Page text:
Study Shows Cybertheft Really Isn’t the Greatest Transfer of Wealth in History

I’ve long mocked the claim — often wielded by people like Sheldon Whitehouse and Keith Alexander — that cybertheft is the greatest transfer of wealth in history. Sure, cybertheft might be big. But bigger than colonization? Bigger than slavery?

But a new study shows that it is just a fraction of what cyber-boosters have been claiming: $25 to $100 billion rather than a $1 trillion.

The study does still show it is costly — leading to the lost of 508,000 jobs a year. And the study didn’t account for something else I often harp on: the unknown role of Chinese hacking into weapons programs in degrading the effectiveness of those programs.

Still unknown, for example, are the unseen costs of military cybertheft, said Mr. Lewis. “A lot of the cost overruns in some of our big programs are because they had to rewrite the code after the Chinese got in—and the real damage won’t appear until we see how weapons actually perform,” he said.

The study also did not calculate the effect of cybertheft on American competitiveness, which seems like a significant issue.

Ultimately, though, this is a problem that should be fought without the bluster. It is real. It is a threat, in large part, to private companies that don’t pay their fair share in taxes. How we combat that problem should account for those factors.

4 replies
  1. selise says:

    maybe alexander and whitehouse are including the cost (to others) of usa cybertheft?


    actually seems like another case of fear propaganda with a corporate purpose (like environmental “terrorists,” animal rights “terrorists,” etc).

    (not sure, but may disagree on the jobs & tax issues though)

  2. lefty665 says:

    Gen Keith will not admit that his security agency/command failed to protect our national security on his watch.

    He casts it as just money, but huge money, to admit the problem since he can no longer avoid it. That is how he distracts attention from his failure to achieve his sec mission.

    Hey, look over here Congress, all you guys really care about is money, and this is big money, why it’s the biggest money in history. Pay no attention that our weapons systems will be pretty much useless if we get into a conflict with the Chinese. By the way, I need more money and more domestic control and intrusiveness to keep you safe. It’s hard work, but someone has to do it for mom, apple pie and flag.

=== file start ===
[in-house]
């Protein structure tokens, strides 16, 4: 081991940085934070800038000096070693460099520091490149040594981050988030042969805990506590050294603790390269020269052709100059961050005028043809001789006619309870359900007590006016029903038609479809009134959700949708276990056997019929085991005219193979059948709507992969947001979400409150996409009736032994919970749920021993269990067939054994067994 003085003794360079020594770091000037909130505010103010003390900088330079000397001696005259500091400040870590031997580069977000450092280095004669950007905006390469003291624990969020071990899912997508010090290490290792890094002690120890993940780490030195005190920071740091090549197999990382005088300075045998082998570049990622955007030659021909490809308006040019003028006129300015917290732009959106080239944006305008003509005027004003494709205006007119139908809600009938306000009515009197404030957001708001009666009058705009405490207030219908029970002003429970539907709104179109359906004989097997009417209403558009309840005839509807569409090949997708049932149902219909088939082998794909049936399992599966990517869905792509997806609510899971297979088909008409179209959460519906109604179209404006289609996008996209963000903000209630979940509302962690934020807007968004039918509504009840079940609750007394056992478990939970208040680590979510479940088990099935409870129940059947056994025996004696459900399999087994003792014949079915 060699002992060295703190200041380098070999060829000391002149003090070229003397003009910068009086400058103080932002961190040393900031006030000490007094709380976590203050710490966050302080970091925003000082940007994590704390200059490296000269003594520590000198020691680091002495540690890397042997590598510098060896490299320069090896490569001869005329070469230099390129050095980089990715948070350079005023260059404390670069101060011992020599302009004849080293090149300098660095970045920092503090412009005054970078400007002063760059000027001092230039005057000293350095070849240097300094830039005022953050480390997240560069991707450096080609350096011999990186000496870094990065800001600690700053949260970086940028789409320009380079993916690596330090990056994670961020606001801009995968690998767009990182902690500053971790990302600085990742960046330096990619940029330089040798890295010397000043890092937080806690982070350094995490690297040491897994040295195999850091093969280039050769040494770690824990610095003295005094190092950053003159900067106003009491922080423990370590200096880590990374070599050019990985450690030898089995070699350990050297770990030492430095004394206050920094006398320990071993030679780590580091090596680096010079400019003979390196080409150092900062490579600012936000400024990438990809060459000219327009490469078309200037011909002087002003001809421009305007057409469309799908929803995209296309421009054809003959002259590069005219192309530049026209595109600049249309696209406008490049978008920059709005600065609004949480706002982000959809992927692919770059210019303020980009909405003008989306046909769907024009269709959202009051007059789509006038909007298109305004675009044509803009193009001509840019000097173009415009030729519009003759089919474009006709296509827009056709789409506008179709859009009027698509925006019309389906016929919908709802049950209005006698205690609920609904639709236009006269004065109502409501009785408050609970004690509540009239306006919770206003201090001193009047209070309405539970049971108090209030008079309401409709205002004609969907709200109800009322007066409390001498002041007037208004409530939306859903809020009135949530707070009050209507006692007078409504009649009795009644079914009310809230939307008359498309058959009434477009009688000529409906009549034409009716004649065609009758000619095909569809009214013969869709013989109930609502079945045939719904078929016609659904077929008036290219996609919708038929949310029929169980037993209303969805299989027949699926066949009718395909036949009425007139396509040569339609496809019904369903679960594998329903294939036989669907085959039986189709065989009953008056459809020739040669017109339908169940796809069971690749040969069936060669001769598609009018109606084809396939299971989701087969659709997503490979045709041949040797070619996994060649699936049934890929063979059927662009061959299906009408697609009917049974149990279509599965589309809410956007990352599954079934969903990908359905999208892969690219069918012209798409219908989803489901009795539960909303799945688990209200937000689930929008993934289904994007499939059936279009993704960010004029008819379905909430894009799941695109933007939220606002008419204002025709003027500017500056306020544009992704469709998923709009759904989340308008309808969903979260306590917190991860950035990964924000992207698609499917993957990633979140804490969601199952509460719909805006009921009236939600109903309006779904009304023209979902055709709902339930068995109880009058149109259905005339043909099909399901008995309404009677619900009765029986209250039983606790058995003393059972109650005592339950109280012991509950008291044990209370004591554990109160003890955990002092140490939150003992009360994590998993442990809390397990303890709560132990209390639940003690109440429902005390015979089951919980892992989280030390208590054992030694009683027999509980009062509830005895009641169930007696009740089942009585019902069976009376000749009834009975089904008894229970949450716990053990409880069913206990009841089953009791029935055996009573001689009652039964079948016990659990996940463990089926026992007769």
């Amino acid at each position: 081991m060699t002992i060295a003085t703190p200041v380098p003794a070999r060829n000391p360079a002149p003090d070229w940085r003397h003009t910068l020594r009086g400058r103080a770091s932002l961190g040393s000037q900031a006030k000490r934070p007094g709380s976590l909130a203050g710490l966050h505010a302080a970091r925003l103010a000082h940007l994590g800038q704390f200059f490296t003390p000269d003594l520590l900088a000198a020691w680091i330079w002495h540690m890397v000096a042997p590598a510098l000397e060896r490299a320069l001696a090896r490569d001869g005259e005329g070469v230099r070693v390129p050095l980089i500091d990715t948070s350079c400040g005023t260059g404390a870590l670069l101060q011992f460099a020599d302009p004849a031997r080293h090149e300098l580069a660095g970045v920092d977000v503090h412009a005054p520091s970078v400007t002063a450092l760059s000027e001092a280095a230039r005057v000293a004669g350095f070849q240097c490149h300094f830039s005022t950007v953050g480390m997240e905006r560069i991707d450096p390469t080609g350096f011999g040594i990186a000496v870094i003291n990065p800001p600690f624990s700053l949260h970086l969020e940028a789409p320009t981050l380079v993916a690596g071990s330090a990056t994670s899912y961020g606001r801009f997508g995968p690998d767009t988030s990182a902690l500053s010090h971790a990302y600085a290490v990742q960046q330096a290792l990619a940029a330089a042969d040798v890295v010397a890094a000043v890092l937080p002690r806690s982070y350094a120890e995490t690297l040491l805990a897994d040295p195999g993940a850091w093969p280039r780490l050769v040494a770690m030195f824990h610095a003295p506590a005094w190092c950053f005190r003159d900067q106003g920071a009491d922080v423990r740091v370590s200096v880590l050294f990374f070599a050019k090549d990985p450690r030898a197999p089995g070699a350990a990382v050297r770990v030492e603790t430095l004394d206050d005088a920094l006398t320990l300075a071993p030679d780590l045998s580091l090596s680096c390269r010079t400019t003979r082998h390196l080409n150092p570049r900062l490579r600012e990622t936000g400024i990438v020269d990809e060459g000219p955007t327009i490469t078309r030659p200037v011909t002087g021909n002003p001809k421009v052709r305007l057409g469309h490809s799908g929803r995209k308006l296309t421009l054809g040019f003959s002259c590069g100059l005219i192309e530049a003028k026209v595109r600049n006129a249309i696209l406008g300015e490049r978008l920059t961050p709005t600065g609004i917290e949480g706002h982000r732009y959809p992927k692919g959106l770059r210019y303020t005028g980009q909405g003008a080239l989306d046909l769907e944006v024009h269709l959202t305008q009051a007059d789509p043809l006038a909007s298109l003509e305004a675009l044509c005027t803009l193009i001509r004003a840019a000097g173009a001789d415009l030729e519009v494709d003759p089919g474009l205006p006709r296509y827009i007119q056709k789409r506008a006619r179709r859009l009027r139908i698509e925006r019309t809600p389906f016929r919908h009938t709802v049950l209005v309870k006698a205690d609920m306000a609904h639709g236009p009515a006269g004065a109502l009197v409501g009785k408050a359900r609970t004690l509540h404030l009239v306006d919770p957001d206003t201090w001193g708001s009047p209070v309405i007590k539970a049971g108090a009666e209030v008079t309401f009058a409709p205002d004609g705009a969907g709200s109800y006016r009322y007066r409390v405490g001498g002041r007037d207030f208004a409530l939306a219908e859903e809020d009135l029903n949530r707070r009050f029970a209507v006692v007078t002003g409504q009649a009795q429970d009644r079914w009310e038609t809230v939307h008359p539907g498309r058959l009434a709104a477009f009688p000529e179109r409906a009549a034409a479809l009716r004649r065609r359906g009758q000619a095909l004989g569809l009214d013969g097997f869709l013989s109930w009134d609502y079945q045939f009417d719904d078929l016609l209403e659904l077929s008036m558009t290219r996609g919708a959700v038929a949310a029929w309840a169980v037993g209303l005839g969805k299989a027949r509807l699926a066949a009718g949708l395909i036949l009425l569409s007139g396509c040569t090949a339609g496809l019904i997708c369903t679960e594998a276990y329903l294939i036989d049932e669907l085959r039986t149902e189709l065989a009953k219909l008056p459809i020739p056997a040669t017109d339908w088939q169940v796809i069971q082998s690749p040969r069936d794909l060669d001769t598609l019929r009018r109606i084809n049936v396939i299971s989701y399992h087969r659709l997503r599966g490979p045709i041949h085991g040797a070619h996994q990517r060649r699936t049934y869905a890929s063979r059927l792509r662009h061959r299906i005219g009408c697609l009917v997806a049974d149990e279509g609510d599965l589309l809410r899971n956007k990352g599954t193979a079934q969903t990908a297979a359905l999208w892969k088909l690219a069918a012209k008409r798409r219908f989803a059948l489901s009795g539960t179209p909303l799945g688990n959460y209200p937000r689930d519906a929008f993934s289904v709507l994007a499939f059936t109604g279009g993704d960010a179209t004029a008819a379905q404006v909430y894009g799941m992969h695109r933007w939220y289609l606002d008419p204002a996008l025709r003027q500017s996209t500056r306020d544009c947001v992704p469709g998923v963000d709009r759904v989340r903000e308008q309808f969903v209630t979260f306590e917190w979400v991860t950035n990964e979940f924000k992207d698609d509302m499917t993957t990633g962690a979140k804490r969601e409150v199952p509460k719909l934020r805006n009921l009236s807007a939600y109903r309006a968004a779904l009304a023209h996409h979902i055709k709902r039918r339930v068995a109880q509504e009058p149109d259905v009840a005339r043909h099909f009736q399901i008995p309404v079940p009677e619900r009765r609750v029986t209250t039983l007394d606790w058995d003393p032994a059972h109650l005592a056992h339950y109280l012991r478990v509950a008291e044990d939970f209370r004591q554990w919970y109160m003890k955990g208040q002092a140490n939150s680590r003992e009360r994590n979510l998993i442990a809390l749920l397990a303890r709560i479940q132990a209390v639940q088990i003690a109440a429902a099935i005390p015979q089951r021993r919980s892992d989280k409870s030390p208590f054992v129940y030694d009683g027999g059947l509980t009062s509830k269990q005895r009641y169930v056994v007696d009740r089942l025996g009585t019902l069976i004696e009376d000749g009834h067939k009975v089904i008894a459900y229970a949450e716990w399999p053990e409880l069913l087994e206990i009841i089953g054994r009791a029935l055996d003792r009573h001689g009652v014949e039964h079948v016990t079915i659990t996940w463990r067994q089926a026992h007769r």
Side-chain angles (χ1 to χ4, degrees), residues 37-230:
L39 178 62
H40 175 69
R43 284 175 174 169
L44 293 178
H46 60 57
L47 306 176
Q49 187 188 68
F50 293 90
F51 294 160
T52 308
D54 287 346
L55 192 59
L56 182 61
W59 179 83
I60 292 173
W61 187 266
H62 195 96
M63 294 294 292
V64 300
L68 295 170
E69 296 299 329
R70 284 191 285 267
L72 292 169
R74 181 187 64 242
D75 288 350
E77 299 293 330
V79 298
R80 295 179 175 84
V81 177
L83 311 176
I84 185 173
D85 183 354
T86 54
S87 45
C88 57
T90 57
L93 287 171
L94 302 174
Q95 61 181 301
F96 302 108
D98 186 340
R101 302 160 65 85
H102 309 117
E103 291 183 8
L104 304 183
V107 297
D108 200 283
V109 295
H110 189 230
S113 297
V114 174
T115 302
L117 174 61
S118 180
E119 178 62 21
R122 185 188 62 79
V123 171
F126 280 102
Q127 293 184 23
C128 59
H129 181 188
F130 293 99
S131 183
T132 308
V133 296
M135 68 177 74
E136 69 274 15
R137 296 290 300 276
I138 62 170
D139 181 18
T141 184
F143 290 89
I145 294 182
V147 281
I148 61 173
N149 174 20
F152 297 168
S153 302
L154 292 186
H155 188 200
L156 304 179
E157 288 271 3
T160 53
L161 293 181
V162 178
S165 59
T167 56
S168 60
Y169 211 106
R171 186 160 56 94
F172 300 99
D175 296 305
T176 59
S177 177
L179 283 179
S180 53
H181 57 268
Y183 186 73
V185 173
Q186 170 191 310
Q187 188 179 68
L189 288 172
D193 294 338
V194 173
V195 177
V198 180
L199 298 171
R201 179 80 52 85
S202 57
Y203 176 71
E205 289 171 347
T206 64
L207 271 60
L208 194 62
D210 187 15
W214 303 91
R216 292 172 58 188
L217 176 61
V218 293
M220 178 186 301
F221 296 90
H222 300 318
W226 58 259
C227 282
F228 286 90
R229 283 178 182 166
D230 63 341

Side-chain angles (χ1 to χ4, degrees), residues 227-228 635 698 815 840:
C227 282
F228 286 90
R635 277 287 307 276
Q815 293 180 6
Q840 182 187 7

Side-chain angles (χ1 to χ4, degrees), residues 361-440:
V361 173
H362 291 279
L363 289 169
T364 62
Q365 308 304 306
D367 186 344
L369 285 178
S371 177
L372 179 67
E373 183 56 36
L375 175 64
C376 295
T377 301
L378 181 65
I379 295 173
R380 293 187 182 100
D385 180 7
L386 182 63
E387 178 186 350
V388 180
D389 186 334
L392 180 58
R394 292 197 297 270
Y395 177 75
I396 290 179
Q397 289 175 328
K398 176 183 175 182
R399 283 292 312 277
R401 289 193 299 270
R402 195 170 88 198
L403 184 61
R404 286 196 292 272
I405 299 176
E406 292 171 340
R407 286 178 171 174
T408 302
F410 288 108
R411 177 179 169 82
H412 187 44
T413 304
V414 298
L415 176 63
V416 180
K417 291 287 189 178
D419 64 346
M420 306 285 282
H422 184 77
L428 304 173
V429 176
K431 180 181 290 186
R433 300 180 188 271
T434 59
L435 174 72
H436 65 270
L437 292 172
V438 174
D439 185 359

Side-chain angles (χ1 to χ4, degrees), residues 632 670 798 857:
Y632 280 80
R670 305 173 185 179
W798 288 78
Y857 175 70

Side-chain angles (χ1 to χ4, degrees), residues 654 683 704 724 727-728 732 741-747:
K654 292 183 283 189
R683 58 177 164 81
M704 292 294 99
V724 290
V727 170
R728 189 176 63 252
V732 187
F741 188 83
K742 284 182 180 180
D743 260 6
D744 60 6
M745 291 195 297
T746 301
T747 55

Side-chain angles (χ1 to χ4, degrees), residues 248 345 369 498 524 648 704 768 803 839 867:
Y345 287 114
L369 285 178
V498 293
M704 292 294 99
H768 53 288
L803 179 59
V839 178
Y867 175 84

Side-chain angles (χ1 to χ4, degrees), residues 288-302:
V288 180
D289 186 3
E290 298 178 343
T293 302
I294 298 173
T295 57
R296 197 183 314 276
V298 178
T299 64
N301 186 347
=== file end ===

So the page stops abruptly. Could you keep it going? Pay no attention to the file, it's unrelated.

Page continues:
3. Saul Tannenbaum says:

    The claim that cybertheft is the largest illicit transfer of wealth in history is absurd on its face.

    But, having spent a lot of time understanding claims for the economic damage for alleged copyright infringement, I’ve learned to take absolutely nothing at face value.

    Here’s what the report actually says about job losses:

    The effect of malicious cyber activities on jobs needs further work. The Commerce Department estimated in 2011 that $1 billion in exports equaled 5,080 jobs.3 This means that the high end estimate of $100 billion in losses from cyber espionage would translate into 508,000 lost jobs. While this translates into a third of a percent decrease in employment, this is not the “net” loss as many workers will find other jobs. The real concern might be if the lost jobs are in manufacturing or other high paying sectors. If workers displaced by cyber espionage do not find jobs that pay as well or better, the victim country would be worse off. The effect of cyber espionage may be to move workers from high paying blue-collar jobs into lower paying work or unemployment.

    (Emphasis mine)

    I’m really dubious about this claim. It strikes me as a really big leap to equate cybertheft loss to exports. This isn’t offshoring, where a company takes an economic activity that generates $1 billion in exports and moves it to Asia.

    And, of course, cyberthreats have led to the rise of the cybersecurity industry, which is an economic activity that creates jobs, too. One estimate (take this with a big grain of salt) is that the cybersecurity industry is a $93 billion industry in the US. That means the $100 billion in losses is offset almost entirely.

  4. lefty665 says:

    What’s wrong with this picture?

    NSA can geo locate me and my mother when we call or email, and have content if they want it. But neither NSA or Cyber Command had any idea where their Chinese counterparts hung out? Nor do they seem to have been interested in tracking packets while the Chinese camped out on contractor networks, in some cases for years.

    Contractors can be fat, dumb, lazy and money grubbing cheap, but NSA ain’t any of those things. They are very bright folks, and this is squarely in their mission.

    What we are hearing does not fit well with what we know. What’s the dog that’s not barking?

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